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By: AgFed Credit Union

Welcome to AgFed Credit Union's MoneyDig blog! 

Get confident about your personal finances with a number of articles, tips, advice and more.


All You Need to Know About Pig-Butchering Scams

 May 17, 2024
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You may have received a text or chat message in recent months about an attractive-looking investment opportunity. The message may have seemed to be sent mistakenly, but it’s all too real. In fact, it’s likely a pig-butchering scam. 

Let’s take a look at these prevalent scams and how you can avoid falling victim. 

What is a pig-butchering scam?

“Pig butchering” refers to the practice of fattening up a hog before slaughter. This scam, which originated in China, has been spreading around the world since COVID. 

In a pig-butchering scam, a fraudster creates a fake online persona, usually accompanied by an attractive photo and a luxurious lifestyle that is showcased in more photos to flesh out their story. Then they’ll initiate contact with a target on dating or other social media platforms, pretending to have reached out by mistake. Somehow, they’ll segue from there into a chat about the target’s life, family, work and more. To make themselves sound more believable, the scammer will invent details about their own life. They’ll use this to create a real rapport with the target until they’re actual friends, albeit with only a remote connection. 

Next, the scammer will start dropping hints about a fabulous investment opportunity. They’ll brag about their own success with this investment, sometimes even sharing screenshots of an alleged brokerage account with handsome earnings. They’ll try persuading the victim to invest in this “opportunity” as well, building on their growing relationship, until the victim agrees to join in the supposed opportunity.

Once the victim agrees to go along with the investment, the scammer will offer to help them with the investing process. They may explain exactly how to wire money to a crypto wallet and, ultimately, to a bogus brokerage. Sometimes, they’ll recommend that the victim starts with a modest investment, which will soon show a (fabricated) gain. They may even allow the victim to withdraw some funds, which will convince the victim that the investment is genuine.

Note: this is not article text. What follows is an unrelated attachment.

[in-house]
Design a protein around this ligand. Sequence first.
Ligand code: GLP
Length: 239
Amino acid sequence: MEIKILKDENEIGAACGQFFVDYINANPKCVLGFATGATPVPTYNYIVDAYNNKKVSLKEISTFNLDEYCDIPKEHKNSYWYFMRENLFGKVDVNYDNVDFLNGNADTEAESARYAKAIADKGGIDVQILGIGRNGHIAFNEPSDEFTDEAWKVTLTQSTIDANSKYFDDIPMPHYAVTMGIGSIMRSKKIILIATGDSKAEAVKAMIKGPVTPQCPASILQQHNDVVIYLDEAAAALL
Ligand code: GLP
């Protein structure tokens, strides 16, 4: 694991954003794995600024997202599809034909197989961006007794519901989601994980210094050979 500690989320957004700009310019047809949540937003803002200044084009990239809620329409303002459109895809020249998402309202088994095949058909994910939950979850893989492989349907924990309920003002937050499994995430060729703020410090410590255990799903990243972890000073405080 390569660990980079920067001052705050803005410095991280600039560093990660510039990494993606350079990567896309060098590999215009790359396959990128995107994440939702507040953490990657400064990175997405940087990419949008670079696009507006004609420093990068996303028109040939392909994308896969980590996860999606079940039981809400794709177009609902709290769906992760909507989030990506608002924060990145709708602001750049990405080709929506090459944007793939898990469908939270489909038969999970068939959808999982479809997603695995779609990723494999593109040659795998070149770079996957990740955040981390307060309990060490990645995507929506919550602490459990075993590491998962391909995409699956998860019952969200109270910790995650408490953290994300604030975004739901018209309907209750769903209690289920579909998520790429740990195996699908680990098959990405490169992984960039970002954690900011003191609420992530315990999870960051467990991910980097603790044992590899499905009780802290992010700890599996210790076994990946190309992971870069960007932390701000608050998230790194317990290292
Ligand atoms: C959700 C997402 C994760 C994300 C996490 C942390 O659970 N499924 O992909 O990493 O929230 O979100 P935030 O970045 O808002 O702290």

Here’s where things get really ugly. Once the faux trust has been established, and the pig has been good and fattened, the scammer will persuade the victim to invest heavily in this “stock”. The victim, sure it is a legitimate opportunity that will only show gains, is more than happy to do so. They will even sometimes pursue mortgaging their house to get in on this investment. Other victims have liquidated their retirement savings or taken out loans. The scammer will continue to put pressure on the victim, watching gleefully as they pour more and more of their savings into the alleged investment.

When the victim has sunk a significant amount of money into the investment, the scammer will suddenly disappear, leaving the victim with a useless “investment” and no way to recover their funds. 

Red flags

Watch out for these red flags that can alert you to a possible pig-butchering scam:

  • An interaction that happens by “mistake” morphs into a real relationship, often a romantic one.
  • You’re offered the opportunity to get in on an investment that seems too good to be true. 
  • You’re urged to act quickly to take advantage of an investing opportunity.
  • You’re asked to invest via crypto wallet or an investment app. 
  • An investment opportunity has inconsistent or vague details.
  • You find it difficult or impossible to cash in on your larger “investments.”

Stay safe

Don’t get butchered! Follow these tips to stay safe.

First, thoroughly research every investment opportunity before dropping any of your funds in it. Next, only use a registered and secure investment platform or app. Stay away from investments that guarantee quick, high returns and press you to act quickly. Be wary of any strangers who’ve contacted you “by mistake” and insist on pursuing the relationship. As with any scenario, never share your sensitive information with an unverified contact. 

If you believe you’ve been targeted by a pig-butchering scam, alert the FTC and your local law enforcement agencies. Do not engage with the scammer and be sure to block their number and/or email address from your devices. Finally, let your friends know the scam is happening in your circle. 

Stay safe!